The device 11 has a constriction 27 located between the handle 14 and the cylinder 12. As discussed above, the constriction is so shaped and sized as to be gripped by the anal sphincter muscle of the patient when the device is in use. This provides a secure and, more importantly, reproducible means of locating the device in relation to the prostate gland.

FIG. 2 is a schematic diagram of a device 11 having a tapered cylinder 12 with a bend 13 towards its axial mid-region, and a handle 14. The bend 13 in the device defines two axes 23 and 24 defining an angle of bend 25. Together, the two non-parallel axes 23 and 24 define a longitudinal mid-plane of the bent cylinder. Internal landmarks 26 in this device are of linear form, and are aligned to substantially bisect the obtuse angle defined by the bent cylinder.

FIG. 4 illustrates two corresponding halves of a device formed as a 2-part construction. Two pairs of interacting studs 18a and 18b are illustrated, to clip the two halves of the device together. FIG. 5 illustrates a cross-section through one pair of lugs 18 initially in the unconnected configuration, FIG. 5 (a), and subsequently when clipped together, FIG. 5 (b). It can be seen at the lugs 18 are hollow, enabling a contrast marker 28 to be located within the stud.

FIG. 6 illustrates the use of additional contrast markers 29 in the device 11. FIG. 6 (a) shows, in the plan view, a pair of contrast markers 29 formed from a strip of metal. FIG. 6 (b) illustrates the positioning of the contrast markers 26 in an air-filled void between ribs 15 and the outer shell 17 of the device. In this instance, it can be seen that the contrast markers 29 define an internal landmark, of substantially linear form, and bisecting the obtuse angle defined by the bent cylinder.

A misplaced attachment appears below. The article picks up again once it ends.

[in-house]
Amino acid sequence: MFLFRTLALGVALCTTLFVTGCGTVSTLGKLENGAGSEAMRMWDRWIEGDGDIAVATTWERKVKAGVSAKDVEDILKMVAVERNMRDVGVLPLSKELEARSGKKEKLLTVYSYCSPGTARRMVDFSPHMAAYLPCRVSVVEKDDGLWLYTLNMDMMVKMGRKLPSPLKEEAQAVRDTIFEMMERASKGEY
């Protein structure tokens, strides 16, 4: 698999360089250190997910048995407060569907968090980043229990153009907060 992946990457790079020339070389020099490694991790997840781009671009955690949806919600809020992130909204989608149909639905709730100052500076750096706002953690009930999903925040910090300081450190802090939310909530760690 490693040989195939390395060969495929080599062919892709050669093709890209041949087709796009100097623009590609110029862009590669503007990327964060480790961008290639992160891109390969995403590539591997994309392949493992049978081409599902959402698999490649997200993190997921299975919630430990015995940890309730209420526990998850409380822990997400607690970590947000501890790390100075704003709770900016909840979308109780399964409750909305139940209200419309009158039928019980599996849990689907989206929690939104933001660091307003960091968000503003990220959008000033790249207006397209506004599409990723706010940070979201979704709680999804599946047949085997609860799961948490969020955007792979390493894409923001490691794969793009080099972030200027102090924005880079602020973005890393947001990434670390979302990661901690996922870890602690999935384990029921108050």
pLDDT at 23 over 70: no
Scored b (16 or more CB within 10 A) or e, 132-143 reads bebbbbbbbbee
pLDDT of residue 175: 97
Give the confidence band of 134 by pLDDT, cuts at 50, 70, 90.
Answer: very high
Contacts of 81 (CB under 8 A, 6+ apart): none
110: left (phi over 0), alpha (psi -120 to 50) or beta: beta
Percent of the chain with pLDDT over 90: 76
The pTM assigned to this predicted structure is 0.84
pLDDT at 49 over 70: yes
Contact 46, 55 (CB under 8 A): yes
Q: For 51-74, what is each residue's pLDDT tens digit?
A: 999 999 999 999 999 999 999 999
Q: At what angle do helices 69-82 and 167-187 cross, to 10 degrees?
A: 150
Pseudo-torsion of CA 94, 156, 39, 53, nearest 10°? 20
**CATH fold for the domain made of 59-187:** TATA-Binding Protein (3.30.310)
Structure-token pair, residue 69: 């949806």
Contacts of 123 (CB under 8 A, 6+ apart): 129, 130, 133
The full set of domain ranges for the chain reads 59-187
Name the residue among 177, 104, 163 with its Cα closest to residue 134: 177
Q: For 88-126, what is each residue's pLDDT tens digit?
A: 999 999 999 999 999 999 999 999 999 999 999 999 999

FIG. 7 illustrates the use of contrast markers 31 each in the form of a ring. Again, the markers 31 may be formed of a suitable material to give a high contrast on the imaging system, e.g. maybe formed of metal for x-ray imaging. In this instance, the ring-shaped contrast markers 31 are inserted into the interior of the device, and located in pockets defined by adjacent ribs 15. Again, they define a linear feature, bisecting the obtuse angle formed by the bent cylinder. The particular advantage of using ring-shaped contrast markers 31 is illustrated in FIG. 3. FIG. 3 (a) illustrates an image of the marker 31 when viewed “end on”, i.e. parallel to the image plane. FIGS. 3 (b) and 3 (c) illustrate the resultant image as the device is twisted with respect to an image plane. The changing shape allows a radiographer or radiologist to determine, therefore, whether the device is aligned as required.